SDG: I’ve been listening to a lot of music which honestly isn’t really like me, I never know what’s going on and generally rely on friend’s Spotify playlists. BUT there’s three acts I’m bet into right now:
I first met Pillow Queens on the soundtrack for David Freyne‘s brilliant movie ‘Dating Amber’, and they’ve just released their debut Holy Show. It’s on Spotify and it is glorious. Tegan and Sara are fans, so. (They’re on the cover of pretty much every magazine in Ireland now so this hardly counts as a discovery, true to form!)
Also not a discovery is Nathy Peluso, an Argentinian singer/songwriter/rapper. She was a YouTube kid is what I understand, but she released her first studio album earlier this year and it’s awesome: I particularly recommend ‘Business Woman’ which will get you going in the morning or your money back.
Last one! An Irish band called Hvmmingbyrd, I’m OBSESSED. Gorgeous soft vocals, synthy, super catchy and imaginative. ‘If Love Was Enough’ I think got quite a lot of radio play when it came out but ‘Papillon’ is my absolute fave, it’s like a bang up to date Sylvan Esso meets the best possible 80s, but Irish?
I have a butt-load of work to do for my last couple of weeks in the office (plus a novel draft to finish! lollll me): new tunes are really helping me focus.
LC: Everyone has to check out this recent episode of the Motherfoclóir podcast.
I love this podcast team: they’re the right mix of knowledgeable, charming, and sweary. In this episode they talk about Caoineadh Airt Uí Laoghaire, the epic poem that is the centre of Doireann Nií Ghríofa’s bestselling A Ghost in the Throat. Tune in for the considered and sophisticated analysis of the poem and its role in the Irish canon, but stay for the very compelling theory Darach floats towards the end, about the possibility of a second shooter in the killing of Abraham Morris. His co-hosts give him a hard time over it but I am obsessed with the dramatic possibility of it, the bloody satisfying revenge fantasy of it.
This is all I’m managing right now: five minutes of knitting, the news, the occasional podcast. My next book recommendation will be exclusively picture books.
LC: I am absolutely delighted to report that my knitting skills are growing, along with my collection of wonky hats. I recently bought the Zero To Knit course from a Dublin yarn shop. You get two skeins of very beautiful Donegal wool, a set of circular needles, some markers, a cute little measuring tape and access to an online course from Stolen Stitches. The course teaches you the basics to take you from knitting a simple little pouch, to a cute hat and on to an adorable rustic baby cardigan. It’s a revelation to me. Were it not for the lockdown, I’d be going along to knitting classes in person and getting frustrated with the learning curve in the way I always do. Having to work off a set of videos is, it turns out, an ideal way for me to learn! I can pause, rewind as often as I like, and more importantly, I can actually attend every session.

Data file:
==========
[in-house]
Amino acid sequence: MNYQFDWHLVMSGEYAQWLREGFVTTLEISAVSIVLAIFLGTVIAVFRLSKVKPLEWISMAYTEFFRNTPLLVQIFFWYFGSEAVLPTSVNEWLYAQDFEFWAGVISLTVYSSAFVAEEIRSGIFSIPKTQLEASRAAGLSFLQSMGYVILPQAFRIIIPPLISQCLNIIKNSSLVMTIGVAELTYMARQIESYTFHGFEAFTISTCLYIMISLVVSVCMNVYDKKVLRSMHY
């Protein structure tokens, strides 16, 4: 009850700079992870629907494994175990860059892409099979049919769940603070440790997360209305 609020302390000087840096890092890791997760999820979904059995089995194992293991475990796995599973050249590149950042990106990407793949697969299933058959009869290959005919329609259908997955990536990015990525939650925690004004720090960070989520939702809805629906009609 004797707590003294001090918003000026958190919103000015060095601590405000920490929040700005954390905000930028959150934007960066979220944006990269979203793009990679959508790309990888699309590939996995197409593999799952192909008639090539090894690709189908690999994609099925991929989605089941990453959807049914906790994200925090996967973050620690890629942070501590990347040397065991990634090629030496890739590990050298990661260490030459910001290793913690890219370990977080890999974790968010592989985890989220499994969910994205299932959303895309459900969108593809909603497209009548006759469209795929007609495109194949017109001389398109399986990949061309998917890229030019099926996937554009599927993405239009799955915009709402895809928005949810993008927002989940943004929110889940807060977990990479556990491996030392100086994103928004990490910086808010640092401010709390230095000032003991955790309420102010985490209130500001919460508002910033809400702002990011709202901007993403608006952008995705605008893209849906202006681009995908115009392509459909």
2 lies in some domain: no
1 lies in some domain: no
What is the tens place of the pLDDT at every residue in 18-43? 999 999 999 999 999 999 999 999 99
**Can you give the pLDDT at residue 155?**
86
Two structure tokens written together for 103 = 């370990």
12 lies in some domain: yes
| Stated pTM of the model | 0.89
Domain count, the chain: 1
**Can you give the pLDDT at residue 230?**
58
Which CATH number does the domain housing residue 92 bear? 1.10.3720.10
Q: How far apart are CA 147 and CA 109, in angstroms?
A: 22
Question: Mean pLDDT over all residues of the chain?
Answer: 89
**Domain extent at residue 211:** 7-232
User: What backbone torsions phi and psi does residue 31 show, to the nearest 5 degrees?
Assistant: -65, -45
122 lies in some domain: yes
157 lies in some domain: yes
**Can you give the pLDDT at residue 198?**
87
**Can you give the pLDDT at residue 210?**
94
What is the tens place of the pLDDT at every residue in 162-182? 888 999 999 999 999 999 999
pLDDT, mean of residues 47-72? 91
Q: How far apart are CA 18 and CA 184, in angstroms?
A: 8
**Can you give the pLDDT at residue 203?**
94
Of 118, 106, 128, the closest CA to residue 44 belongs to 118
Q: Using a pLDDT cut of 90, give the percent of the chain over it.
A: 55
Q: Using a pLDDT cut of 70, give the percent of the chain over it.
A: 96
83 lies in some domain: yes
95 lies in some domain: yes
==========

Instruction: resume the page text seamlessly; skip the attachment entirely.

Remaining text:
Since becoming a mother I find it really hard to commit to anything that’s not work or parenting. This way, if he takes a nap, I can do some knitting for the time available to me, and I’ve knit two hats and a really cute cardigan already. I can’t tell you how satisfying this is. I resented knitting in school so much, and I always felt bad I couldn’t manage more than a scratchy scarf.
It’s a very calming and satisfying hobby, and I love having something to show for it. I’m also thinking about a post by the author and journalist Alexandra Hemingsley, who finished a beautiful jumper for her little boy, and captioned it ‘Every stitch is a tweet I didn’t read.’
SDG: Well, let me tell you why I hate myself this fortnight. I just spent an absolute fortune, in a pandemic, in a tricky financial year, on a silk fitted sheet. My skin is insanely sensitive right now and even my perfectly nice cotton sheets are getting crinkled and giving me like, welts across my (huge, by the way) stomach and sides. There must be a cheaper way to deal with the issue but here I am, scratching myself and waiting for this sheet to arrive.
LW: There’s a new online stationery shop called Libraries and Archives, and I treated myself to a couple of gorgeous notebooks and a glue stick scented like marzipan. When it arrived I was blown away by the gorgeous packaging. It’s possibly the prettiest parcel I’ve ever received from a web shop. It felt like my birthday. Their social media presence is very enjoyable too.
One Last Thing
a Tramp Books recommendation:
A Ghost in the Throat is a true original, the stunning prose debut by Doireann Ní Ghríofa. In the 1700s, an Irish noblewoman, on discovering her husband has been murdered, drinks handfuls of his blood and composes an extraordinary poem that reaches across the centuries to another poet. In the present day, a young mother narrowly avoids tragedy in her own life. On encountering the poem, she becomes obsessed with finding out the rest of the story. This is devastating and timeless tale about finding your voice by freeing another’s. We agree with the Sunday Times who declared it ‘ONE OF THE BEST BOOKS OF THIS DREADFUL YEAR’.
Support independent publishing by buying it here or from your bookshop of choice.